Lexington – Eighty people gathered as “friends of the Newman Foundation Inc.” on April 20 at the University of Kentucky’s Spindletop Hall for dinner, to celebrate the new partnership with the Diocese of Lexington, and for a major address from Bishop John Stowe.

“The Newman Foundation has expanded its mission as a Newman apostolate to work with secular universities, colleges, and local parishes who currently have Newman centers, clubs and/or Catholic campus ministries to strengthen their own missions,” explained Jan Swauger, chairwoman of the Foundation board. “But, we also are committed to help other communities establish Newman Centers (i.e. Kentucky State University and Good Shepherd Church in Frankfort have a desire to start a Newman Center). In addition to Frankfort, we are currently working with St. Clare and Berea College, St. Francis & John Georgetown College, St. Gregory (Barbourville) and Union College, and St. Mark and Eastern Kentucky University. Representatives from these five new partners are now serving on our board as well.”

Giving a brief history of the Newman Center and introducing Bishop John Stowe, Father Lawrence Hehman recounted that Father Elmer Moore started the first Newman Center parish named Holy Spirit parish in 1963 at the University of Kentucky. It was called a “personal parish” and was the only one in the U.S. at the time.

“The ‘Newman Movement’ in the United States began in 1883 at the University of Wisconsin to help Catholics live their faith on campus amid perceived anti-Catholicism. Ten years later, the University of Pennsylvania started a Newman Club, taking on John Henry Newman, the convert’s name three years after his death.” said Fr. Hehman. “parents and others did not want their children to lose their Roman Catholic faith on secular campuses. Eventually the National Conference of Bishops recognized the importance of Newman Centers.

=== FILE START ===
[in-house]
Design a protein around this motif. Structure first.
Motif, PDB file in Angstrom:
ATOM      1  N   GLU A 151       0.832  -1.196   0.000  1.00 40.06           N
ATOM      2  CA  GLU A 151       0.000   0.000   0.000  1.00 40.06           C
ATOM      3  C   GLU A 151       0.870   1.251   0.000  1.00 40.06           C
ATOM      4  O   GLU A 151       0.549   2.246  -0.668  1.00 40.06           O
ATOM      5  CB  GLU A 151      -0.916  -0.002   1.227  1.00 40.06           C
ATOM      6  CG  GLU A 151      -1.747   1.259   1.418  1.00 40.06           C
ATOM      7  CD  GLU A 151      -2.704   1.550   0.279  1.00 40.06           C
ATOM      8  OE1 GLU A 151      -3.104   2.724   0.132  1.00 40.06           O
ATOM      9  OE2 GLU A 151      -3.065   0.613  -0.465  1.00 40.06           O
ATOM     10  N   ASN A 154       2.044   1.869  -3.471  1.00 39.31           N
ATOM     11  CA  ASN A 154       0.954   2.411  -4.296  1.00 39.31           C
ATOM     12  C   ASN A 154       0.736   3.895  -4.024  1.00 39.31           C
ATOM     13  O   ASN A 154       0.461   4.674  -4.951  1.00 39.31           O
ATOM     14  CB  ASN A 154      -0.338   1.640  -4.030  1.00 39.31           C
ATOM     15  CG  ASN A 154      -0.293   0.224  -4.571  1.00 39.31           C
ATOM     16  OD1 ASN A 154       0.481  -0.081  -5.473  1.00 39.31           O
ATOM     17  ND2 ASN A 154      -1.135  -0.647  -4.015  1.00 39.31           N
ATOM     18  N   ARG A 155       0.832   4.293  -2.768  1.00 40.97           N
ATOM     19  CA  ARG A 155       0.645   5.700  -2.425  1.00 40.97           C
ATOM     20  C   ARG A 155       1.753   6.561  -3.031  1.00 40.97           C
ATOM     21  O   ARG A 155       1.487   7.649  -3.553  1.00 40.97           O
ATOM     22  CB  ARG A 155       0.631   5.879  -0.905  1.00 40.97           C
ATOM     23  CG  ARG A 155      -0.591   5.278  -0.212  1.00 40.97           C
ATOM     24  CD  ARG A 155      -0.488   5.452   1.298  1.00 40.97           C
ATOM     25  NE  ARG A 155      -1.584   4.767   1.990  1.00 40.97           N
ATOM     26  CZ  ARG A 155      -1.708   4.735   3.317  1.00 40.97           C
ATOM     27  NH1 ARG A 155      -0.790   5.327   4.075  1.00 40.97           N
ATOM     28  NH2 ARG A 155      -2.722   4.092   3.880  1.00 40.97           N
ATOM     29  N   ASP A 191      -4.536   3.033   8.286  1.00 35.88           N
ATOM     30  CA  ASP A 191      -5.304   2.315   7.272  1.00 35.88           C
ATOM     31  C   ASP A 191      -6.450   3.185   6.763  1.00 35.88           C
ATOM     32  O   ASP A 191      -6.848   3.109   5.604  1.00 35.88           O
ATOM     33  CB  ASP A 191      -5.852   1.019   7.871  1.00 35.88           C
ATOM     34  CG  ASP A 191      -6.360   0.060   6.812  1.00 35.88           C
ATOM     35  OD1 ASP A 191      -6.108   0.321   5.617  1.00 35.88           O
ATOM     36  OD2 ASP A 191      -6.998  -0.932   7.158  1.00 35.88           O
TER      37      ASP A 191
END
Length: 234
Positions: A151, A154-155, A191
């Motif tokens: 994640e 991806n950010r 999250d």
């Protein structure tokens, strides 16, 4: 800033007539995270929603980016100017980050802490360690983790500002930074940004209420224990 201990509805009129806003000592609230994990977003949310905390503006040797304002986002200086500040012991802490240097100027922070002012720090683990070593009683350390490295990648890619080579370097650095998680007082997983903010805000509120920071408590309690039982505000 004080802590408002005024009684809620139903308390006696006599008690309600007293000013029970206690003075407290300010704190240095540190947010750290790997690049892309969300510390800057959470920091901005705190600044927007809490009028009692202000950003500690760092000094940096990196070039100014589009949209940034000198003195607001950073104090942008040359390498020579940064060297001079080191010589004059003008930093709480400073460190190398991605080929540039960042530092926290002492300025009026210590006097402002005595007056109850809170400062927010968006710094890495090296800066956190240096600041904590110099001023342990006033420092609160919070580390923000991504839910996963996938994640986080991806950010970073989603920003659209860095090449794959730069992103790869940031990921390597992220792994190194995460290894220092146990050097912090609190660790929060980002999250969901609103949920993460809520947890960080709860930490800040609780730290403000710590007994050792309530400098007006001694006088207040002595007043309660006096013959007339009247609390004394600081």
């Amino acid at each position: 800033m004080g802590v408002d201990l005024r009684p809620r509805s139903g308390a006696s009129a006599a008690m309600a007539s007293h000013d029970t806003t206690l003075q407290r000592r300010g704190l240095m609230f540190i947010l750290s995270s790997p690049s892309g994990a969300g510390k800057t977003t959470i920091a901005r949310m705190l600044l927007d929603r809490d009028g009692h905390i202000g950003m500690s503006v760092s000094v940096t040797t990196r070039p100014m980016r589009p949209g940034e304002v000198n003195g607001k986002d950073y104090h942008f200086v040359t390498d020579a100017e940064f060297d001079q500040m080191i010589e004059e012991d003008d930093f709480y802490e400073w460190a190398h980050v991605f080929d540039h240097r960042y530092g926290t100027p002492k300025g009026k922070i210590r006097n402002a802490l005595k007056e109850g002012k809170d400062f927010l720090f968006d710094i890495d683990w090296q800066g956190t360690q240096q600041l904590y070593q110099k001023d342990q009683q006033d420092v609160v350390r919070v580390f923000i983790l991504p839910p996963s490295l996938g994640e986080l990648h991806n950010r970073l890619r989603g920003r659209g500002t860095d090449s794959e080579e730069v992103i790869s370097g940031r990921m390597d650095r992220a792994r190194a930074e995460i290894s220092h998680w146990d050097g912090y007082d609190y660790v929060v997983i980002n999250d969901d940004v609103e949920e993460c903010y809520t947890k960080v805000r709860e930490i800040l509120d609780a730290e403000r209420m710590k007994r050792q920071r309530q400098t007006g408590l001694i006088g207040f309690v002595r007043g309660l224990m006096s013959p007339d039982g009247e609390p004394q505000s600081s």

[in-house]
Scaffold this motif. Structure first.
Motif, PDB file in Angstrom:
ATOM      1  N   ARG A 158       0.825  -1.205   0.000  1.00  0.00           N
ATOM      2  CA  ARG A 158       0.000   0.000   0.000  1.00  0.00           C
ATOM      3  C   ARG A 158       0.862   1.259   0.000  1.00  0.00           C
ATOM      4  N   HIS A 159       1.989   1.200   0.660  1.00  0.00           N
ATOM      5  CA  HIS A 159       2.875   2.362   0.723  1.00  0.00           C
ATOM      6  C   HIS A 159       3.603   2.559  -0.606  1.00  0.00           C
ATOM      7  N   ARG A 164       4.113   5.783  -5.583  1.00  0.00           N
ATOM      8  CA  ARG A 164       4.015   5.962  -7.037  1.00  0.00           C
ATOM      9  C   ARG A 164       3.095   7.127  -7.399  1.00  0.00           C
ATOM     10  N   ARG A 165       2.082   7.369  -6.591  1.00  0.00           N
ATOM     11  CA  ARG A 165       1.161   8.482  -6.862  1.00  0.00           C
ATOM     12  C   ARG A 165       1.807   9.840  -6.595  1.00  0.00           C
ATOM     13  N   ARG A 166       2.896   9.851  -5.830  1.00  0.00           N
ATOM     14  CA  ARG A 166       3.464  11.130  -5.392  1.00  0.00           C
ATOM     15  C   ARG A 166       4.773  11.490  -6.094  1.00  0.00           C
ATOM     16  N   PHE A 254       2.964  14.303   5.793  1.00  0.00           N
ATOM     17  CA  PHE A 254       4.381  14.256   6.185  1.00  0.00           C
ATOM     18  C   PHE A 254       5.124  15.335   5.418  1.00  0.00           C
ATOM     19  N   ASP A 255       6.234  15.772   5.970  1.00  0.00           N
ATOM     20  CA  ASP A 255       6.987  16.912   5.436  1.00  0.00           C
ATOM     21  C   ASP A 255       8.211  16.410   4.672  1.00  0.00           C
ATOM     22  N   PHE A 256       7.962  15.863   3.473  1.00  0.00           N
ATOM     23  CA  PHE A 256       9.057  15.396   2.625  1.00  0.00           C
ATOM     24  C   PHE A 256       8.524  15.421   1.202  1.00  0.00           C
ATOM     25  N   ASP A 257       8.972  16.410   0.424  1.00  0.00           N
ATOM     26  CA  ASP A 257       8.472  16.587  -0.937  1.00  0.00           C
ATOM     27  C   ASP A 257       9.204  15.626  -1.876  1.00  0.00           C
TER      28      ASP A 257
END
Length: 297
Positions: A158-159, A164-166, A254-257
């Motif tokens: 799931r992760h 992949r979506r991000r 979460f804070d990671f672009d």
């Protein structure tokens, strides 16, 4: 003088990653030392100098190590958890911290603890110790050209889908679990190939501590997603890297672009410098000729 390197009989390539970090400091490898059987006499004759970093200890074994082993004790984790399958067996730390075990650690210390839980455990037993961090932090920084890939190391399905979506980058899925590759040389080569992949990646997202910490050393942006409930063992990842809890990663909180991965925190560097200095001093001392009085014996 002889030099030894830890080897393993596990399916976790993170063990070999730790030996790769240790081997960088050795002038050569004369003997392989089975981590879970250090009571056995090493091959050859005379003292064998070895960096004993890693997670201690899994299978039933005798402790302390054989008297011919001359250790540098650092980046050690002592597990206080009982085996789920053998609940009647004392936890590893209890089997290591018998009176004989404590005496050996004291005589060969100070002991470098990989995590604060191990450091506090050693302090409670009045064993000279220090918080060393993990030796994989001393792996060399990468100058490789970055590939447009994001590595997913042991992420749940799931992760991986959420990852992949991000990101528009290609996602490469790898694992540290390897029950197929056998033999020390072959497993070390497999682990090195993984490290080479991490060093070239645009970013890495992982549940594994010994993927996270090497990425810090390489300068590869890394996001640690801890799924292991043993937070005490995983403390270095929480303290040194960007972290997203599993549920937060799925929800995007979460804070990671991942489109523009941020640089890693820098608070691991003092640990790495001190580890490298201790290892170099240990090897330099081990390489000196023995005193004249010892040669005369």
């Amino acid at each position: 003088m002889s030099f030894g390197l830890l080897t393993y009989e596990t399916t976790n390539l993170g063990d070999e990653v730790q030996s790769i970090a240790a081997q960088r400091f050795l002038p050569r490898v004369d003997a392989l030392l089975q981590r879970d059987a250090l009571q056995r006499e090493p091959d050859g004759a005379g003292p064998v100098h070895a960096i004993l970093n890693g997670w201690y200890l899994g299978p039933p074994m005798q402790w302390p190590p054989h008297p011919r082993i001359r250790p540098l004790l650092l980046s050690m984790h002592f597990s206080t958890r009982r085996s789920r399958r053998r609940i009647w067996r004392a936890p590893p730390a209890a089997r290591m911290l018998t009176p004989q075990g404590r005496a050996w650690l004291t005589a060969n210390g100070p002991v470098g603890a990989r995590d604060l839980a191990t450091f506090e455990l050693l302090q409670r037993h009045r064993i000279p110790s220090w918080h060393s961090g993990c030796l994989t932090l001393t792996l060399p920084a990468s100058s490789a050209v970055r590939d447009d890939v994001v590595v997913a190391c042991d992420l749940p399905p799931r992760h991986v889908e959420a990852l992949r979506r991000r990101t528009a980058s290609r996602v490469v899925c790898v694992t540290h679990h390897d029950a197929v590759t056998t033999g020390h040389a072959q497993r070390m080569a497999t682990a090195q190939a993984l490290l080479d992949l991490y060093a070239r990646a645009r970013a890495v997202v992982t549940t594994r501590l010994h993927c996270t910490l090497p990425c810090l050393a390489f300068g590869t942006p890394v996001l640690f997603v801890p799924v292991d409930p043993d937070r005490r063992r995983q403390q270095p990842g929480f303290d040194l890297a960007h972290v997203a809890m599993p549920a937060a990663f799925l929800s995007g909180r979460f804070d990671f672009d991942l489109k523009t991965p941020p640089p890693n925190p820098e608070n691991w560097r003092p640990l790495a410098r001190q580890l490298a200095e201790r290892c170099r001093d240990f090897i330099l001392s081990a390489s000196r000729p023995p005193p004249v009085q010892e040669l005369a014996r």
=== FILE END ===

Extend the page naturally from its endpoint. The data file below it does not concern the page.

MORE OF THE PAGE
“I am glad the Newman Foundation has a new home with the Diocese of Lexington. Looking back to 1969 when I first came to the University of Kentucky Newman Center, I was amazed that Father Moore had four outstanding men who gave leadership and donations to finance the present building. They were John Gaines, a horseman; Robert Hillenmeyer, who provided nurseries and landscape services; Dr. Ward Griffen, U.K. Medical Center surgeon; and Dr. Paul Oberst, of the U.K. Law School. Another leader in the past was Dr. Marcus McEllistrem, a U.K. physics professor,” Father Hehman said.

In Bishop John Stowe’s opening remarks, he said “I am very grateful to the Newman Foundation, not only for this opportunity to address you, but for your commitment to be a part of the church’s evangelization and mission among young adults,” he said. “John Henry Newman was committed to the life-long pursuit of ‘faith seeking understanding,’ who strove to reconcile the values of free thinking and of moral authority for educated people of faith. Our whole diocese can be very proud of the foundation laid many years ago at the University of  Kentucky which resulted in Holy Spirit Parish, a Chair of Catholic Studies, and a series of talks by prominent Catholics of national stature.

“The students at colleges prayed for me before I even arrived, and I have had the opportunity to celebrate Masses with them at various places,” Bishop Stowe said. “I am really encouraged and grateful for the Newman Foundation’s willingness to expand its support more broadly to promote a vibrant Catholic presence at campuses throughout the 50 counties of our diocese.”